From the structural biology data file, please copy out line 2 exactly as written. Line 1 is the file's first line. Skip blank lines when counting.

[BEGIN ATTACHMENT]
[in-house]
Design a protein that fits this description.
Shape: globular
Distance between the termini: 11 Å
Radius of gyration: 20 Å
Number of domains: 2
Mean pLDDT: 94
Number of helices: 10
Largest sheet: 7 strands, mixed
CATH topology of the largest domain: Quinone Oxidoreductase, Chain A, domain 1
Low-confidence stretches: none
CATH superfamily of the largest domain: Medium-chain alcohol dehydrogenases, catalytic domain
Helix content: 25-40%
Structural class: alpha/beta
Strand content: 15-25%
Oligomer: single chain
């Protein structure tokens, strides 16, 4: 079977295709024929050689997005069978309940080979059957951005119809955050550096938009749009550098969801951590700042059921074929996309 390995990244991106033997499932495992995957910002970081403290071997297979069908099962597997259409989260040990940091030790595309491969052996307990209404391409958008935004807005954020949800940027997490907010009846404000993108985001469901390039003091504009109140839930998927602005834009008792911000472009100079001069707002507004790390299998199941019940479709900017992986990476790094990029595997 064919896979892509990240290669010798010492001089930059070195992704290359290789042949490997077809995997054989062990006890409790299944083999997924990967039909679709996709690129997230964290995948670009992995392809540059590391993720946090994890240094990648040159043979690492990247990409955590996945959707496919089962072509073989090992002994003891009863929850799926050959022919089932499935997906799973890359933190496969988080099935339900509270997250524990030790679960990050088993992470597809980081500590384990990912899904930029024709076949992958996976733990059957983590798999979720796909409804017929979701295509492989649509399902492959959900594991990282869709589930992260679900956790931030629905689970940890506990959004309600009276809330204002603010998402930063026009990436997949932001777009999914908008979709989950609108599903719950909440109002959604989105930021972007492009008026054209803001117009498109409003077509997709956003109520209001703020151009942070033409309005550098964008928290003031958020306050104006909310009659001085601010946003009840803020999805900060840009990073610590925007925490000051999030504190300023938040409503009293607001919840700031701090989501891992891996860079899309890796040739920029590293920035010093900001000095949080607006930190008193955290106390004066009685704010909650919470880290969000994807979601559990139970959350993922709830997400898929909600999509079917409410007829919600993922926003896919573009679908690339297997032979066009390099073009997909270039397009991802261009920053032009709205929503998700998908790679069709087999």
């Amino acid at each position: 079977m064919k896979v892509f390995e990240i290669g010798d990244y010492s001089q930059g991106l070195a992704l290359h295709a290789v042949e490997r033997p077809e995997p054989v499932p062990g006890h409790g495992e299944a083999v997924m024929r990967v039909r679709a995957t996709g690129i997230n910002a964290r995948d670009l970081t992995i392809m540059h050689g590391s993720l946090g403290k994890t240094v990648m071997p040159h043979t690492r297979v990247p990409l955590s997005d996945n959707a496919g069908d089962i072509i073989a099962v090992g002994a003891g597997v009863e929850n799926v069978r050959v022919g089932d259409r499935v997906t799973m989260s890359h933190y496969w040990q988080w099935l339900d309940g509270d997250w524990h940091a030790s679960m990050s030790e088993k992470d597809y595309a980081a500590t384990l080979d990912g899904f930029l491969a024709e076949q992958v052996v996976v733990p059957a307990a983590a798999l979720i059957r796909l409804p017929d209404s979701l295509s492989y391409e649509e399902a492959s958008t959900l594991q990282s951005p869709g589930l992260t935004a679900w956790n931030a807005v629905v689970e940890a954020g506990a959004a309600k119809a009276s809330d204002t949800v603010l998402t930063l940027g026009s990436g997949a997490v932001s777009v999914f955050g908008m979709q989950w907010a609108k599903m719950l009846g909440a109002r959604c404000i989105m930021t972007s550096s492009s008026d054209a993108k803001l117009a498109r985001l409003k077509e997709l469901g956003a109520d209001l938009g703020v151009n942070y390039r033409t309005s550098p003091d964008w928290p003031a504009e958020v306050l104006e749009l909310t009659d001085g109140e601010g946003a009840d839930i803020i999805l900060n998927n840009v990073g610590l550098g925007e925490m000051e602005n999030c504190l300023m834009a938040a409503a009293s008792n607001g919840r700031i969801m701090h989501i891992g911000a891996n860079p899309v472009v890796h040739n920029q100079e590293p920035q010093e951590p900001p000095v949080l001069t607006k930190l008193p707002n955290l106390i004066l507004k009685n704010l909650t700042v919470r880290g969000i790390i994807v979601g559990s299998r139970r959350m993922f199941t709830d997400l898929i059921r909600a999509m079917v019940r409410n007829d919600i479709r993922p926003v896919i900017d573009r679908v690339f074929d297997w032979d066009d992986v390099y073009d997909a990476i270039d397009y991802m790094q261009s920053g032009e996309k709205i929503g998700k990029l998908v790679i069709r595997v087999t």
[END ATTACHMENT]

Design a protein that fits this description.